Socioeconomic surgery on a national scale, with no anesthetic.




Booker shortlistee Tóibín (The Blackwater Lightship, 2000, etc.) collaborates with historian Ferriter (Dublin City Univ.) to introduce and annotate contemporary documents from Ireland’s devastating mid–19th-century famine.

This is not yet another ringing indictment of Britain for solely inflicting the “Great Hunger” that ravaged Ireland for nearly a decade beginning with the onset of a potato blight in 1845. That notion, claims Tóibín in his prefatory essay, was abandoned decades ago by serious Irish historians. Instead, he presses the question of why Irish intellectuals and literati often seem reluctant to delve into a disaster whose causes were as complex as its results were tragic. Tóibín’s suggestion: the degree of profiteering engaged in by landholding and mercantile Irish, even as they witnessed the decimation of the poor among them, remains difficult for many to confront. The Ferriter-collected documents do contain, however, ample testimony to the role British incompetence, ethnic hatred, religious bias, and sheer inhumanity played in the administration’s approach to what became more of an “Irish” problem as it deepened. Factions in both countries found in the famine an opportunity to effect the “removal” of one-quarter or more of the Irish population through forced eviction from small holdings, with subsequent emigration as the only alternative for most to starvation or its companion ravages of disease. The collected letters, public postings, journalism, speeches, etc., summon both fact and emotion: personal accounts often resonate with agony but also chilling understatement of one of the great human tragedies on record by those forced to deal directly with it. They can still leave a reader room, the authors suggest, to agree with John Mitchel (1861) that “the almighty sent the potato blight but Britain caused the famine,” or to conclude as well, writes Tóibín, that “the Irish merchant classes and middlemen made a fortune out of the Famine . . . on the ruins of the smallholding class.”

Socioeconomic surgery on a national scale, with no anesthetic.

Pub Date: July 1, 2002

ISBN: 0-312-30051-4

Page Count: 224

Publisher: Dunne/St. Martin's

Review Posted Online: May 20, 2010

Kirkus Reviews Issue: May 15, 2002

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The author's youthfulness helps to assure the inevitable comparison with the Anne Frank diary although over and above the...


Elie Wiesel spent his early years in a small Transylvanian town as one of four children. 

He was the only one of the family to survive what Francois Maurois, in his introduction, calls the "human holocaust" of the persecution of the Jews, which began with the restrictions, the singularization of the yellow star, the enclosure within the ghetto, and went on to the mass deportations to the ovens of Auschwitz and Buchenwald. There are unforgettable and horrifying scenes here in this spare and sombre memoir of this experience of the hanging of a child, of his first farewell with his father who leaves him an inheritance of a knife and a spoon, and of his last goodbye at Buchenwald his father's corpse is already cold let alone the long months of survival under unconscionable conditions. 

The author's youthfulness helps to assure the inevitable comparison with the Anne Frank diary although over and above the sphere of suffering shared, and in this case extended to the death march itself, there is no spiritual or emotional legacy here to offset any reader reluctance.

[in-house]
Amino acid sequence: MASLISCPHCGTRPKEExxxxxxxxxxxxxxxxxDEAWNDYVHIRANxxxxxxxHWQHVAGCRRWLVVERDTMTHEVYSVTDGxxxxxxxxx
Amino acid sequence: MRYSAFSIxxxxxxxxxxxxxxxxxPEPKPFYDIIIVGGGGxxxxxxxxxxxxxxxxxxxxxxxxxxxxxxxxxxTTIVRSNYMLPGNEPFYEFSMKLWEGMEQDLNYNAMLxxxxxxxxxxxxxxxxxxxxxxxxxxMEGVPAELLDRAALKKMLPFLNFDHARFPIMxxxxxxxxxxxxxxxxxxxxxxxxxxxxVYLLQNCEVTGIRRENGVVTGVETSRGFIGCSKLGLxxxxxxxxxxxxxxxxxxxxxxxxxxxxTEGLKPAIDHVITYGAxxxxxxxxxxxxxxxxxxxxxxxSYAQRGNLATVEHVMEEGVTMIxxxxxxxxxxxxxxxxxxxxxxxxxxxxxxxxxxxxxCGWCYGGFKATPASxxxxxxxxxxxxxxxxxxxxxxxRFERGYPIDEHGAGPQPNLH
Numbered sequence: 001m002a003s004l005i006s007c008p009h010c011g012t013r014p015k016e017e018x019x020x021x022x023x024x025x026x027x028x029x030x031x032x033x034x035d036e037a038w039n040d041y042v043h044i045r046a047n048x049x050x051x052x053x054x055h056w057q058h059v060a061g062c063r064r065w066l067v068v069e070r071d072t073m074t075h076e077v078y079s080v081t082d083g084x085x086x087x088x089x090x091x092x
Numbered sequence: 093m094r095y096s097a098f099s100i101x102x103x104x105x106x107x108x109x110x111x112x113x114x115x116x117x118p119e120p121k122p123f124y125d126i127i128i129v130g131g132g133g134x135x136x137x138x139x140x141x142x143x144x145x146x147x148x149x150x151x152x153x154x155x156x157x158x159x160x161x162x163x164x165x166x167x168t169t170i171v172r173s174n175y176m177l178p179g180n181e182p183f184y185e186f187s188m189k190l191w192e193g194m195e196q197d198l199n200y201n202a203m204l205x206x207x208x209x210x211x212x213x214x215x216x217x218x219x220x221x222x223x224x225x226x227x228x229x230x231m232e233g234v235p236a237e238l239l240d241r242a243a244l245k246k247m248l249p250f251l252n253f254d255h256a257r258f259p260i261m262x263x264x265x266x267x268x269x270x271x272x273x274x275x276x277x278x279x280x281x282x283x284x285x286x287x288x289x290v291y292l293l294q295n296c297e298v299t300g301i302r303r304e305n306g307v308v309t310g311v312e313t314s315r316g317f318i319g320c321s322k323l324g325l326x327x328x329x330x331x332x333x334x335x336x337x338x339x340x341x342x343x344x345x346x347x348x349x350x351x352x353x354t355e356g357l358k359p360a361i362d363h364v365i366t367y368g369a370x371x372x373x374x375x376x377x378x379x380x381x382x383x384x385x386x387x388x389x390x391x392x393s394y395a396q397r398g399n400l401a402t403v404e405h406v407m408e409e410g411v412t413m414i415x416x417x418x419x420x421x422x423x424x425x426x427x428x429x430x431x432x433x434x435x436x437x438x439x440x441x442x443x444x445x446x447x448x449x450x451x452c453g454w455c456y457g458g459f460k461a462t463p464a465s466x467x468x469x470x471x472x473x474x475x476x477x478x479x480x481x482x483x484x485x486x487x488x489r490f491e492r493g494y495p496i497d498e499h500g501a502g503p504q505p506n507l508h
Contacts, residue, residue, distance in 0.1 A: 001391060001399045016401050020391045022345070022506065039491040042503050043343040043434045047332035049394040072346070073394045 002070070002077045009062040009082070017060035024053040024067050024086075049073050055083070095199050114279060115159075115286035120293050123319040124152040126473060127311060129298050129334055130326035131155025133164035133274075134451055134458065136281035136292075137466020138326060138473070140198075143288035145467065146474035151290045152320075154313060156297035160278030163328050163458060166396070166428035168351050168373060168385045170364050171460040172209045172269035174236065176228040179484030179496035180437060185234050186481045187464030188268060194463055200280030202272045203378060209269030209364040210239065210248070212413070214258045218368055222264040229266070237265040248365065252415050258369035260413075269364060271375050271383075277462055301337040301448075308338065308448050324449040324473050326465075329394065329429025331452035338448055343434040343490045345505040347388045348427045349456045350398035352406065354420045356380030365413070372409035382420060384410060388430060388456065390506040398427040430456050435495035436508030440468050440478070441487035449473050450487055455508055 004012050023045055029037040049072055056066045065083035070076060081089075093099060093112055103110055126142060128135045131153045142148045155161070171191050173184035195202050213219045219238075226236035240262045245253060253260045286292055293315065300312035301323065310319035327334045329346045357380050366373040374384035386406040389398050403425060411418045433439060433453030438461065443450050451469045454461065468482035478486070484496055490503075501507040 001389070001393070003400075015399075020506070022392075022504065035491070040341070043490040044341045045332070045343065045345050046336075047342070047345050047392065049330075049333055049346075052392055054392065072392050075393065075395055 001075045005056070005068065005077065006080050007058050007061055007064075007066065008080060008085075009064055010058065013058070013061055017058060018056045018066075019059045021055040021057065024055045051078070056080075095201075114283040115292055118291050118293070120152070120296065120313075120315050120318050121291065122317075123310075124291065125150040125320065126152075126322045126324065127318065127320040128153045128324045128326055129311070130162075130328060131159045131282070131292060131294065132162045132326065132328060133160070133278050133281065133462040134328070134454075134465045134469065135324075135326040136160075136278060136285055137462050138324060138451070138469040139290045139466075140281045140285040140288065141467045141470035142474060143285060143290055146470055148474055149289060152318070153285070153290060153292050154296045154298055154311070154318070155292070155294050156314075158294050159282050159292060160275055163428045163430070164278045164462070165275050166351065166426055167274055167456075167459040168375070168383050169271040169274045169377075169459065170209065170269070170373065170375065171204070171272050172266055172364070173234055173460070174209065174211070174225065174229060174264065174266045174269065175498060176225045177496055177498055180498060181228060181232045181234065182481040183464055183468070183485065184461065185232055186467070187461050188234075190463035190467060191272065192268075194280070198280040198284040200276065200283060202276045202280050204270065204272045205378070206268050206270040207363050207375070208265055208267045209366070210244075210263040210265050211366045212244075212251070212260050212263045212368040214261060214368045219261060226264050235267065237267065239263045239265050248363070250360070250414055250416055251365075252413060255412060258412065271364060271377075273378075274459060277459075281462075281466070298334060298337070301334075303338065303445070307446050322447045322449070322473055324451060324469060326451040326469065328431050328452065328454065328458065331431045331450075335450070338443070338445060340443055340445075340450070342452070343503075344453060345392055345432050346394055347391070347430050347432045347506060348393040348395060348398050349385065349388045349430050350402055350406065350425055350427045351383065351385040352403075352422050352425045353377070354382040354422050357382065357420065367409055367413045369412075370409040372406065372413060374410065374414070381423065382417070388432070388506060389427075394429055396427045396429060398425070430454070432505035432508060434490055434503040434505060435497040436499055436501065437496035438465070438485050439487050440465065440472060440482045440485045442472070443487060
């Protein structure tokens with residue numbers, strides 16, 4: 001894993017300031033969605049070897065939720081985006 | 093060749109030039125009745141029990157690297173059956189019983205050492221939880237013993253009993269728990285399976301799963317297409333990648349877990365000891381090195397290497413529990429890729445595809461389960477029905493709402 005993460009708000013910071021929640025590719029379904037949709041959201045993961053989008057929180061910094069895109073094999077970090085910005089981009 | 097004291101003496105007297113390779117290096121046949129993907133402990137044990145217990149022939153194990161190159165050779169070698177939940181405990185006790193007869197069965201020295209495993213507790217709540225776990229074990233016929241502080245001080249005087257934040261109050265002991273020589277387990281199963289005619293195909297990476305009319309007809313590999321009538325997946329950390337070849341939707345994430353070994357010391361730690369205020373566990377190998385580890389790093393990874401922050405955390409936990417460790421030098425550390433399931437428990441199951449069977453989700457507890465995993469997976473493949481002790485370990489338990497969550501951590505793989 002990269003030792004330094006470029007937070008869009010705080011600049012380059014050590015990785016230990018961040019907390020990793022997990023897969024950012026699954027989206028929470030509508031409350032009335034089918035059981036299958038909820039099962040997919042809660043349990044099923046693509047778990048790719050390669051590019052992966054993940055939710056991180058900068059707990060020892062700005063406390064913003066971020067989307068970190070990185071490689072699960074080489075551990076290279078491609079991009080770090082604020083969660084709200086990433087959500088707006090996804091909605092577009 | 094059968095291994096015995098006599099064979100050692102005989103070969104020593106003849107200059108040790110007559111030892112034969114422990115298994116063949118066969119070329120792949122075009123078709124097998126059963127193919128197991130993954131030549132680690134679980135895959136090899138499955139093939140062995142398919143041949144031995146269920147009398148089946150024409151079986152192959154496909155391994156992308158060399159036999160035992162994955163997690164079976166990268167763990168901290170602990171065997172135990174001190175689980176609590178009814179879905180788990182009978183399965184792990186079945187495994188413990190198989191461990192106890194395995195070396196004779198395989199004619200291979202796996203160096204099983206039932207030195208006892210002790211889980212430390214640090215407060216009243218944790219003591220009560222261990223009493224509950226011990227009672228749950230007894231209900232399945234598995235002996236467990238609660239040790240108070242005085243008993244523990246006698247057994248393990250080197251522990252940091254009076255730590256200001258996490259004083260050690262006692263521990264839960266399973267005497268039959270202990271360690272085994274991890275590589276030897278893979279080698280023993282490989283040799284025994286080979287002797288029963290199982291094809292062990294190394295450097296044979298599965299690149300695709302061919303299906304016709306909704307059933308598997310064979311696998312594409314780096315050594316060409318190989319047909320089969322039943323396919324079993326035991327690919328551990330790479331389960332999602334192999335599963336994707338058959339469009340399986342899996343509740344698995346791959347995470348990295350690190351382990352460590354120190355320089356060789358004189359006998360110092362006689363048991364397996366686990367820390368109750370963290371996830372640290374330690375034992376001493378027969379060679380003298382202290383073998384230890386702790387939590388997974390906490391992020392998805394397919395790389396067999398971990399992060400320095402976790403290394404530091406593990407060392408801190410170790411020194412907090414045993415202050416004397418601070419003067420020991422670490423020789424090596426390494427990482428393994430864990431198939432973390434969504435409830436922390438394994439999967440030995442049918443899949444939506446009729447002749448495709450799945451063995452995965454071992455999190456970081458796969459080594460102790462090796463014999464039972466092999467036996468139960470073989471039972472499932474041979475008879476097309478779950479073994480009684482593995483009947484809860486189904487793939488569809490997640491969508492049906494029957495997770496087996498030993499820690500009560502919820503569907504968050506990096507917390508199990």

Pub Date: Jan. 16, 2006

ISBN: 0374500010

Page Count: 120

Publisher: Hill & Wang

Review Posted Online: Oct. 7, 2011

Kirkus Reviews Issue: Jan. 15, 2006

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For Howard Zinn, long-time civil rights and anti-war activist, history and ideology have a lot in common. Since he thinks that everything is in someone's interest, the historian—Zinn posits—has to figure out whose interests he or she is defining/defending/reconstructing (hence one of his previous books, The Politics of History). Zinn has no doubts about where he stands in this "people's history": "it is a history disrespectful of governments and respectful of people's movements of resistance." So what we get here, instead of the usual survey of wars, presidents, and institutions, is a survey of the usual rebellions, strikes, and protest movements. Zinn starts out by depicting the arrival of Columbus in North America from the standpoint of the Indians (which amounts to their standpoint as constructed from the observations of the Europeans); and, after easily establishing the cultural disharmony that ensued, he goes on to the importation of slaves into the colonies. Add the laborers and indentured servants that followed, plus women and later immigrants, and you have Zinn's amorphous constituency. To hear Zinn tell it, all anyone did in America at any time was to oppress or be oppressed; and so he obscures as much as his hated mainstream historical foes do—only in Zinn's case there is that absurd presumption that virtually everything that came to pass was the work of ruling-class planning: this amounts to one great indictment for conspiracy. Despite surface similarities, this is not a social history, since we get no sense of the fabric of life. Instead of negating the one-sided histories he detests, Zinn has merely reversed the image; the distortion remains.

Pub Date: Jan. 1, 1979

ISBN: 0061965588

Page Count: 772

Publisher: Harper & Row

Review Posted Online: May 26, 2012

Kirkus Reviews Issue: Jan. 1, 1979

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